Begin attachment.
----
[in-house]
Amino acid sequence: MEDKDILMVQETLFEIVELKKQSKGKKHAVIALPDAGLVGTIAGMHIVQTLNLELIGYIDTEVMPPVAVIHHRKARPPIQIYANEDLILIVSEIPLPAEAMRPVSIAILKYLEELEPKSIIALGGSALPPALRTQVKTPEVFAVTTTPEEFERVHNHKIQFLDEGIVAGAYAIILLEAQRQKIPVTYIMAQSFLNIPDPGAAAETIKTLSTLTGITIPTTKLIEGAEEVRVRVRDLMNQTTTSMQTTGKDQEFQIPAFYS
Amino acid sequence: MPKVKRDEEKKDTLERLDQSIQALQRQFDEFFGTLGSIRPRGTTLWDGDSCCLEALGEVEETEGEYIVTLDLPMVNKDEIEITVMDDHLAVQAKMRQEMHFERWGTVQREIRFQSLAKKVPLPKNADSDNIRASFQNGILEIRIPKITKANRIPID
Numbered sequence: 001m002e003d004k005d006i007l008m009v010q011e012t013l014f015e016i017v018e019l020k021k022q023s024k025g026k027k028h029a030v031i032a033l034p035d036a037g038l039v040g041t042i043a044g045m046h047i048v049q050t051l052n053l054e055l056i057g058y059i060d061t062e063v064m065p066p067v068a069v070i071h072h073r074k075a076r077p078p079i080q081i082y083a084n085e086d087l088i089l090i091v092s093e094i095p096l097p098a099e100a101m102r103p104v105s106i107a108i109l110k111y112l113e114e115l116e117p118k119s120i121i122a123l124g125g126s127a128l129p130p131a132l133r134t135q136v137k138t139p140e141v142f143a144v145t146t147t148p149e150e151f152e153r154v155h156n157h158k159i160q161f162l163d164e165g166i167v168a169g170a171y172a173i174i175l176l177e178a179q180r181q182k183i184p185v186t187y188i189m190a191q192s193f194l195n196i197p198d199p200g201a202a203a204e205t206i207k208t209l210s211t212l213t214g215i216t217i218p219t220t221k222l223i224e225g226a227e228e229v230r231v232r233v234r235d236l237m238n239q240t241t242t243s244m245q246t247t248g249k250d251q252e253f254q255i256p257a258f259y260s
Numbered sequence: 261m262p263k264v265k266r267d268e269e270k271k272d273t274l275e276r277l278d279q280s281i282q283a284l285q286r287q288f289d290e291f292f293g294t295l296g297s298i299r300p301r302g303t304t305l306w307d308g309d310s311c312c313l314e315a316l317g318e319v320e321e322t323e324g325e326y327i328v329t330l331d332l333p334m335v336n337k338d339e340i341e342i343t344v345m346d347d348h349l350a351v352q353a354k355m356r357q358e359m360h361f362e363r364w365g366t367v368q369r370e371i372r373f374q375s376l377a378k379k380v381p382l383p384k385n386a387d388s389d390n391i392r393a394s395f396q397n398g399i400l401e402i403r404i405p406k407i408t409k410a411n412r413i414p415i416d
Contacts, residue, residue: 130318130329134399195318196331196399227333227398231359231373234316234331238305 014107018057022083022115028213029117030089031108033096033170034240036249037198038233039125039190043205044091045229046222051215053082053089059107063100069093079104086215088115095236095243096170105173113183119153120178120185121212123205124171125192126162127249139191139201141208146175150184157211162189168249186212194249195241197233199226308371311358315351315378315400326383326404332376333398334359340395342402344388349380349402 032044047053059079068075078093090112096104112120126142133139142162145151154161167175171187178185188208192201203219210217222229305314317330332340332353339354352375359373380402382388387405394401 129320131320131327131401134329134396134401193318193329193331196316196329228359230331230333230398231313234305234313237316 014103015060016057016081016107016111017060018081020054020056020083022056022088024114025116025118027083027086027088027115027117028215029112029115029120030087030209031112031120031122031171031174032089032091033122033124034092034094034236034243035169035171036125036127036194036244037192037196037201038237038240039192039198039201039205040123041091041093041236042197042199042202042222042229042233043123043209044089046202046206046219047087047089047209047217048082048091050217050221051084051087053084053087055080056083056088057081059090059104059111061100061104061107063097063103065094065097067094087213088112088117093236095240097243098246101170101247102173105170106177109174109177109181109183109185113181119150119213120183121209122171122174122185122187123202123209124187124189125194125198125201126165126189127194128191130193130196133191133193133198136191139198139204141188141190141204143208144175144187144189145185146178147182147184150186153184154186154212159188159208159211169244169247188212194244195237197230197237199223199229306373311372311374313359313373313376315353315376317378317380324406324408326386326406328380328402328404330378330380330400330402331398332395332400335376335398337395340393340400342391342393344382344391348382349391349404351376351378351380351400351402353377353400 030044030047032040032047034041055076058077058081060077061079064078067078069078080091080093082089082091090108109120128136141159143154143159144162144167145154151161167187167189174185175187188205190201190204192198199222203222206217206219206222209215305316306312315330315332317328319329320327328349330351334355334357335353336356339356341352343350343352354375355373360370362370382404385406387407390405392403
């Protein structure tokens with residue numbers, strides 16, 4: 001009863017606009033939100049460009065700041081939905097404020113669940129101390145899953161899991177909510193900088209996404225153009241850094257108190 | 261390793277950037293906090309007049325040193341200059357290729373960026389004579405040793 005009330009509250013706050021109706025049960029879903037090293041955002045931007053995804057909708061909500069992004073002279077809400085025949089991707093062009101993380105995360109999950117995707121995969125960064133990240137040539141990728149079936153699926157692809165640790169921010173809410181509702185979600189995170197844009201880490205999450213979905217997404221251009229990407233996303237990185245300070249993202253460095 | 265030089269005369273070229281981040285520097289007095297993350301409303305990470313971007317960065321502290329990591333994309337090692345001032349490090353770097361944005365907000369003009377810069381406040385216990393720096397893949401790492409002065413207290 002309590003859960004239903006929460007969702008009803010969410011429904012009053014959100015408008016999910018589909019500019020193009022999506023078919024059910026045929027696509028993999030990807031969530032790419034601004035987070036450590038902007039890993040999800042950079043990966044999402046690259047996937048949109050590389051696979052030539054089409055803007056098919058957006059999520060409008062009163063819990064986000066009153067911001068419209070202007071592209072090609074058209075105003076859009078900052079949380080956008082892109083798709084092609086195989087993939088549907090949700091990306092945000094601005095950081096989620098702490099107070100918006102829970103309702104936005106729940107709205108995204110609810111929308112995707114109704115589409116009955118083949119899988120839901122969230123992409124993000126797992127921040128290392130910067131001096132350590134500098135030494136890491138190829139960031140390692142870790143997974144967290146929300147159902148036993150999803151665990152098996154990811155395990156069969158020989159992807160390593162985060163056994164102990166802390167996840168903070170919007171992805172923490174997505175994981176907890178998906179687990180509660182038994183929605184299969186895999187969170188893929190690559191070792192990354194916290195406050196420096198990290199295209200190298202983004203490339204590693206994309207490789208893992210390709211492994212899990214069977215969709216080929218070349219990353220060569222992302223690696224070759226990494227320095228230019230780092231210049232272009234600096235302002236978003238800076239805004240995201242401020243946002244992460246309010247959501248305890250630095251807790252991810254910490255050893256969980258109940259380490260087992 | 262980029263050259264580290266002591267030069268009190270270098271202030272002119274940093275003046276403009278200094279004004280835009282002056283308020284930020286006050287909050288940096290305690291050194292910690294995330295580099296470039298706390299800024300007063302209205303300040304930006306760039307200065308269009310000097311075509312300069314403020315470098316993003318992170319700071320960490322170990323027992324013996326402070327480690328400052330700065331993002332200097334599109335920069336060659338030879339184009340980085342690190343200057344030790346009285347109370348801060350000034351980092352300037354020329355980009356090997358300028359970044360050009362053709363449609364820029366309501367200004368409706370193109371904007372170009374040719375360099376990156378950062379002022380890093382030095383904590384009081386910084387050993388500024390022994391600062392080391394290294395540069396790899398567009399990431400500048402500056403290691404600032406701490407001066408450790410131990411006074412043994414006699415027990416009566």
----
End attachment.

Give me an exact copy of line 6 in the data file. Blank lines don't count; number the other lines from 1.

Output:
Contacts, residue, residue: 130318130329134399195318196331196399227333227398231359231373234316234331238305 014107018057022083022115028213029117030089031108033096033170034240036249037198038233039125039190043205044091045229046222051215053082053089059107063100069093079104086215088115095236095243096170105173113183119153120178120185121212123205124171125192126162127249139191139201141208146175150184157211162189168249186212194249195241197233199226308371311358315351315378315400326383326404332376333398334359340395342402344388349380349402 032044047053059079068075078093090112096104112120126142133139142162145151154161167175171187178185188208192201203219210217222229305314317330332340332353339354352375359373380402382388387405394401 129320131320131327131401134329134396134401193318193329193331196316196329228359230331230333230398231313234305234313237316 014103015060016057016081016107016111017060018081020054020056020083022056022088024114025116025118027083027086027088027115027117028215029112029115029120030087030209031112031120031122031171031174032089032091033122033124034092034094034236034243035169035171036125036127036194036244037192037196037201038237038240039192039198039201039205040123041091041093041236042197042199042202042222042229042233043123043209044089046202046206046219047087047089047209047217048082048091050217050221051084051087053084053087055080056083056088057081059090059104059111061100061104061107063097063103065094065097067094087213088112088117093236095240097243098246101170101247102173105170106177109174109177109181109183109185113181119150119213120183121209122171122174122185122187123202123209124187124189125194125198125201126165126189127194128191130193130196133191133193133198136191139198139204141188141190141204143208144175144187144189145185146178147182147184150186153184154186154212159188159208159211169244169247188212194244195237197230197237199223199229306373311372311374313359313373313376315353315376317378317380324406324408326386326406328380328402328404330378330380330400330402331398332395332400335376335398337395340393340400342391342393344382344391348382349391349404351376351378351380351400351402353377353400 030044030047032040032047034041055076058077058081060077061079064078067078069078080091080093082089082091090108109120128136141159143154143159144162144167145154151161167187167189174185175187188205190201190204192198199222203222206217206219206222209215305316306312315330315332317328319329320327328349330351334355334357335353336356339356341352343350343352354375355373360370362370382404385406387407390405392403